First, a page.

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Whistleblower Protections

The Affordable Care Act (ACA) contains various provisions to make health insurance more affordable and accountable to consumers. To further these goals, the ACA amended the Fair Labor Standards Act (FLSA) to include whistleblower protections for employees. Under these whistleblower protections, employees are protected from retaliation for:

  • Reporting alleged violations of Title I of the ACA; or

  • Receiving a health insurance tax credit or a cost-sharing reduction when enrolling in a qualified health plan through an Exchange.

Title I of the ACA includes many of the reforms applicable to group health plans, such as the prohibitions on lifetime and annual limits, pre-existing condition exclusions, excessive waiting periods and rescissions. It also includes the requirement to provide a summary of benefits and coverage (or SBC) and the claims appeals process requirements.

This ACA Overview provides a summary of the ACA’s whistleblower protections for employees.

Covered Employers and Employees The definitions “employer” and “employee” under the ACA’s whistleblower provision are found in the FLSA. Therefore, this provision prohibits retaliation by private and public sector employers.

Protected Activity An employer may not discharge or in any manner retaliate against an employee because he or she:

  • Provided information relating to any violation of Title I of the ACA, or any act that he or she reasonably believed to be a violation of Title I of the ACA to the employer, the federal government or a state’s attorney general;

  • Testified, assisted or participated in a proceeding concerning a violation of Title I of the ACA, (or is about to do so); or

  • Objected to, or refused to participate in, any activity that he or she reasonably believed to be in violation of Title I of the ACA.

In addition, an employer may not discharge or in any manner retaliate against an employee because he or she received a tax credit or a cost-sharing reduction for health coverage purchased through an Exchange (or Marketplace).

If an employer takes retaliatory action against an employee because he or she engaged in any of these protected activities, the employee can file a complaint with OSHA.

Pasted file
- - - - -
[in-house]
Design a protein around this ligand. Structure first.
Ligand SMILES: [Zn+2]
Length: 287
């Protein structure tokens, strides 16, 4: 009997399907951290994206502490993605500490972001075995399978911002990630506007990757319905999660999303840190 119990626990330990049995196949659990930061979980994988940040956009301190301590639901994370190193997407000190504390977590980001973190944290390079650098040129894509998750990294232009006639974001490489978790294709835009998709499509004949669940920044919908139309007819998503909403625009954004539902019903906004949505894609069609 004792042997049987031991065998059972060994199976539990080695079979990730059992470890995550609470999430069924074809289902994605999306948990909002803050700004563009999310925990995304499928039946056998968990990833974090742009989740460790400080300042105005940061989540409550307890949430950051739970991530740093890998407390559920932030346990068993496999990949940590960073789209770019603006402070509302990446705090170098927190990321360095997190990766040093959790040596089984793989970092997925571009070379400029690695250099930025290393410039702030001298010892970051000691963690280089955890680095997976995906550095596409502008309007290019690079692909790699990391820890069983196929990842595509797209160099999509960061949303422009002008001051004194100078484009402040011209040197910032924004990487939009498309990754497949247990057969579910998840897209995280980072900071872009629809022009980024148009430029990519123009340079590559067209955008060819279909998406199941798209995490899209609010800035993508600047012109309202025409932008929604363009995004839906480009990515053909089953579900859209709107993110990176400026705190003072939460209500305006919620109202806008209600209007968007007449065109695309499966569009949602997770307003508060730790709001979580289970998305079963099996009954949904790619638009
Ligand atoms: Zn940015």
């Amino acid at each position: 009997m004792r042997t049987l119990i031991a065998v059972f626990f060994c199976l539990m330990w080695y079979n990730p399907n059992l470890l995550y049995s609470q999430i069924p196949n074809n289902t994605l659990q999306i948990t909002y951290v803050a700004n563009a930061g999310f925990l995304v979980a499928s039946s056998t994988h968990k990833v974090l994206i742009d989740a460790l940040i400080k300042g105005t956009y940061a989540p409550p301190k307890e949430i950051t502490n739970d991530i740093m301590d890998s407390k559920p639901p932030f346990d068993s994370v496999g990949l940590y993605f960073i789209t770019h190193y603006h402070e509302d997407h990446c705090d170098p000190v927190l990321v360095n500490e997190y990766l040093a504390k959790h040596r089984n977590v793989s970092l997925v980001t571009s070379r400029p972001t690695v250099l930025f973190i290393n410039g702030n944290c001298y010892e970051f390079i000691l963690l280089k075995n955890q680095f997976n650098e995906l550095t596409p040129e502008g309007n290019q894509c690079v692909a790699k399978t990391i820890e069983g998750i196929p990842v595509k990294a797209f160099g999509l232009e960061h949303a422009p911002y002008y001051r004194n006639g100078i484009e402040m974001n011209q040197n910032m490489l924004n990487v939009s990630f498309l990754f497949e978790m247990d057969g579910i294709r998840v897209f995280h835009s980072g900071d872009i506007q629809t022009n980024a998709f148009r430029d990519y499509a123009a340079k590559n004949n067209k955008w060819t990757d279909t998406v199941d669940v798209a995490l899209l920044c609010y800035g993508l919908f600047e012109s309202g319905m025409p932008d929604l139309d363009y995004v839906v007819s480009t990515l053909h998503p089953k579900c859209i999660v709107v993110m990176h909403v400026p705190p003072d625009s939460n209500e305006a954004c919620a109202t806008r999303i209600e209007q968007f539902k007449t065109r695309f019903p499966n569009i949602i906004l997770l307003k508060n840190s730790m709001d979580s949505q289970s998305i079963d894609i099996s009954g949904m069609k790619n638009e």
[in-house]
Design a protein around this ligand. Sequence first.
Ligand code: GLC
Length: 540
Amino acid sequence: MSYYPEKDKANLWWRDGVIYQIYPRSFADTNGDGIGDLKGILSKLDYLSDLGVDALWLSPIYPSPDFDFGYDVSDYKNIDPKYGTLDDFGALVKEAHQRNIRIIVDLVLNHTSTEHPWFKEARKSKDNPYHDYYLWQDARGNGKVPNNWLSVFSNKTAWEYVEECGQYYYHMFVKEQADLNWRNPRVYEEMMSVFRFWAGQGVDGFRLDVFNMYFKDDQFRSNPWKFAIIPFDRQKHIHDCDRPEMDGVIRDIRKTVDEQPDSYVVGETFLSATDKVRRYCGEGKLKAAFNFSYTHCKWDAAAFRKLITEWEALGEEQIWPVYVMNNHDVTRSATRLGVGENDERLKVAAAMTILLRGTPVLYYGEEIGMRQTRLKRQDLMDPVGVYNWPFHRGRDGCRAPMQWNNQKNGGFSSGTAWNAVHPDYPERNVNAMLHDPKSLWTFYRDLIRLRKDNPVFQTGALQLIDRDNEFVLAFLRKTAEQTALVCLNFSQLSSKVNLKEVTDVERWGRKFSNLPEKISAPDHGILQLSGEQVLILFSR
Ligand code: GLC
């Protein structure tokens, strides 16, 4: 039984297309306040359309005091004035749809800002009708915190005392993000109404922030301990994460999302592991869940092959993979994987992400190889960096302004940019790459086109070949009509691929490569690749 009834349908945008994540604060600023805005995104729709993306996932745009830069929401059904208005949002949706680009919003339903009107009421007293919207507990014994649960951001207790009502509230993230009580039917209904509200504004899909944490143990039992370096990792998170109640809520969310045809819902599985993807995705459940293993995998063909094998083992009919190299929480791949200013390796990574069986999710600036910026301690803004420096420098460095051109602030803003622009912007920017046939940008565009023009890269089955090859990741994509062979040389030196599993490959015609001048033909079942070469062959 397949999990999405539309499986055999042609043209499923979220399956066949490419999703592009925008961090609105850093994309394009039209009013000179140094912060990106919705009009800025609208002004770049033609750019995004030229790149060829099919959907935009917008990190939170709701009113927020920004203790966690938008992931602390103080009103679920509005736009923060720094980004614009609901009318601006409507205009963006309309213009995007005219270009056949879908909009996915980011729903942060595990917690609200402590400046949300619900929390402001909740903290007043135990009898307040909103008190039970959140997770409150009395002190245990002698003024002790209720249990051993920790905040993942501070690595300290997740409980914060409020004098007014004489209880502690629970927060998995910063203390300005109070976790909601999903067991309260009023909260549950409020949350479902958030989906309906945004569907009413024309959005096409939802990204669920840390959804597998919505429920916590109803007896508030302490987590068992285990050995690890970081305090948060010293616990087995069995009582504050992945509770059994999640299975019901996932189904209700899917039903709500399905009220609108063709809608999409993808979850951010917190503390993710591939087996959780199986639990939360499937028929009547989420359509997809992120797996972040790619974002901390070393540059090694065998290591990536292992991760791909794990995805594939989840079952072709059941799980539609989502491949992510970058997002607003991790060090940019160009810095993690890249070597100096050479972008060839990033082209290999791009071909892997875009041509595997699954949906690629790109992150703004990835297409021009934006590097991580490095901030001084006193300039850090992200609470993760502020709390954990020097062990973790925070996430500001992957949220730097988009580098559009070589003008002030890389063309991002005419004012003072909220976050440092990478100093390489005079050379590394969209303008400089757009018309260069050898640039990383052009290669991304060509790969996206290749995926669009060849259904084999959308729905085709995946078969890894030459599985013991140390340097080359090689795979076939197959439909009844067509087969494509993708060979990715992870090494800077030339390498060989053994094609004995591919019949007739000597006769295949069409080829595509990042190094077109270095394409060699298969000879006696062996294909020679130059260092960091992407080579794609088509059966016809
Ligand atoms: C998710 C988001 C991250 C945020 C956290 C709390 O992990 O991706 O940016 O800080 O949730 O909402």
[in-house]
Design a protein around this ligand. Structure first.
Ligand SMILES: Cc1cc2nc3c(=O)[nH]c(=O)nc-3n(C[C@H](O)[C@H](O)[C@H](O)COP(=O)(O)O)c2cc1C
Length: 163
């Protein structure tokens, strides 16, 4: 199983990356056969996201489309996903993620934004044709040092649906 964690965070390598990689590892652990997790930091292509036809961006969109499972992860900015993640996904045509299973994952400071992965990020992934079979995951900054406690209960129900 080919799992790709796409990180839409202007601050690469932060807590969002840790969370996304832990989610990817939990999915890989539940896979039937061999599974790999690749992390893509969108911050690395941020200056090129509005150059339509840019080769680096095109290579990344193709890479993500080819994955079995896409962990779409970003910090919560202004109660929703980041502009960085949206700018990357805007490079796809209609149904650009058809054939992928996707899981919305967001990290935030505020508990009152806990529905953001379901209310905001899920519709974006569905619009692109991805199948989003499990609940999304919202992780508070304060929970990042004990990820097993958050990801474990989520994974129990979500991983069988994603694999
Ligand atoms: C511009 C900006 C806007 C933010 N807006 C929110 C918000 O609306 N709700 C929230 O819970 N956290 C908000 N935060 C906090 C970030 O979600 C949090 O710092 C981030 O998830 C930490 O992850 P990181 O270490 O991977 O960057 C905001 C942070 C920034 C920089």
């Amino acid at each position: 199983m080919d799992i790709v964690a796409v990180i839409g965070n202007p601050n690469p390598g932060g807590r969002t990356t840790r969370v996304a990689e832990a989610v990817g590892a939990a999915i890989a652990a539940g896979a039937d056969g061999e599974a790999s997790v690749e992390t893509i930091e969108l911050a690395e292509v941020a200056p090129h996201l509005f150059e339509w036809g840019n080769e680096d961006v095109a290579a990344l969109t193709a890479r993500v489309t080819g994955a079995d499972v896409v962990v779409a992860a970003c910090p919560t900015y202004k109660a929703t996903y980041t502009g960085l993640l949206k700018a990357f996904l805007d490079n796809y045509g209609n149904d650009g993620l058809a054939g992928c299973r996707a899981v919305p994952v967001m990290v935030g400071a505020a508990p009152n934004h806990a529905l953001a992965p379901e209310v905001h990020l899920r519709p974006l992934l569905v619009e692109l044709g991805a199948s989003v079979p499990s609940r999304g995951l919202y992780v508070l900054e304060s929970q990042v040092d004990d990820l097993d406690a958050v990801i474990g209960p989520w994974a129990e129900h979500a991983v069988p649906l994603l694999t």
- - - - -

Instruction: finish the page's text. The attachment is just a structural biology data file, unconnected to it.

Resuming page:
Unfavorable Employment Actions An employer may not take unfavorable employment action against an employee based on the employee’s protected activity. Specifically, an employer may be found to have violated the ACA if the employee’s protected activity was a contributing factor in the employer’s decision to take unfavorable employment action against the employee.

Unfavorable employment actions may include:

  • Firing or laying off;

  • Blacklisting;

  • Demoting;

  • Denying overtime or promotion;

  • Disciplining;

  • Denying benefits;

  • Failure to hire or rehire;

  • Intimidation;

  • Making threats;

  • Reassignment affecting prospects for promotion; and

  • Reducing pay or hours of work.

Deadline for Filing Complaints Retaliation complaints must be filed within 180 days after an alleged violation of the ACA occurs. An employee who believes that he or she has been retaliated against in violation of the ACA may file a complaint with OSHA. An employee’s representative may also file a complaint on the employee’s behalf.

How to File an ACA Retaliation Complaint An employee can file an ACA complaint with OSHA by:

  • Visiting or calling the local OSHA office (visit OSHA’s website or call 1-800-321-6742 for OSHA area office contact information); or

  • Sending a written complaint to the closest OSHA regional or area office. Written complaints may be filed by facsimile, electronic communication, hand delivery during business hours, U.S. mail (confirmation services recommended) or other third-party commercial carrier.

The date of the postmark, facsimile, electronic communication, telephone call, hand delivery, delivery to a third-party commercial carrier or in-person filing at an OSHA office is considered the date filed. No particular form is required and complaints may be submitted in any language.

Upon receipt of a complaint, OSHA will first review it to determine whether there is a valid complaint allegation (for example, timeliness or coverage). Complaints are then investigated in accord with the statutory requirements.

Results of the Investigation If the evidence supports an employee’s claim of retaliation and a settlement cannot be reached, OSHA will issue an order requiring the employer to (as appropriate) reinstate the employee, pay back wages, restore benefits and provide other possible relief to make the employee whole.

OSHA’s findings and order become final within 30 days, unless they are appealed within that time period. After OSHA issues its findings and order, either party may request a full hearing before an administrative law judge of the DOL. The administrative law judge’s decision and order may be appealed to the Department’s Administrative Review Board.

If a final agency order is not issued within 210 days from the date the employee’s complaint is filed or within 90 days after the employee receives OSHA findings, then the employee may file a complaint in the appropriate U. S. district court, with a copy provided to OSHA.

More Information More information is available at or


This ACA Overview is not intended to be exhaustive nor should any discussion or opinions be construed as legal advice. Readers should contact legal counsel for legal advice.

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